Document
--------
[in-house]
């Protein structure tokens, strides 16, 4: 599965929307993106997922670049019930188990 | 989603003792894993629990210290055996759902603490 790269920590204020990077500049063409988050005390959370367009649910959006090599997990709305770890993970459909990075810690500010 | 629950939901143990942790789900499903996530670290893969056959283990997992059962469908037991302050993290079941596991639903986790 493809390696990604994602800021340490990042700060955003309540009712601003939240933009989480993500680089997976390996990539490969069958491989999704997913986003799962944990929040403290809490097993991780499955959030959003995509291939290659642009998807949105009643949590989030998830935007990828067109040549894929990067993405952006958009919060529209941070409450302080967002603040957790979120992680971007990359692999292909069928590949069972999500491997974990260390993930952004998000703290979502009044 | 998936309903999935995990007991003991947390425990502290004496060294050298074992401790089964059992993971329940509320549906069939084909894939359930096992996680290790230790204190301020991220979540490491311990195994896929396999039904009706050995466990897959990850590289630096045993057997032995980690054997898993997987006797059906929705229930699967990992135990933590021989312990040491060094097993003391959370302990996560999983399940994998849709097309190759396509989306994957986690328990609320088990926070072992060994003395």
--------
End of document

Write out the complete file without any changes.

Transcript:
[in-house]
């Protein structure tokens, strides 16, 4: 599965929307993106997922670049019930188990 | 989603003792894993629990210290055996759902603490 790269920590204020990077500049063409988050005390959370367009649910959006090599997990709305770890993970459909990075810690500010 | 629950939901143990942790789900499903996530670290893969056959283990997992059962469908037991302050993290079941596991639903986790 493809390696990604994602800021340490990042700060955003309540009712601003939240933009989480993500680089997976390996990539490969069958491989999704997913986003799962944990929040403290809490097993991780499955959030959003995509291939290659642009998807949105009643949590989030998830935007990828067109040549894929990067993405952006958009919060529209941070409450302080967002603040957790979120992680971007990359692999292909069928590949069972999500491997974990260390993930952004998000703290979502009044 | 998936309903999935995990007991003991947390425990502290004496060294050298074992401790089964059992993971329940509320549906069939084909894939359930096992996680290790230790204190301020991220979540490491311990195994896929396999039904009706050995466990897959990850590289630096045993057997032995980690054997898993997987006797059906929705229930699967990992135990933590021989312990040491060094097993003391959370302990996560999983399940994998849709097309190759396509989306994957986690328990609320088990926070072992060994003395």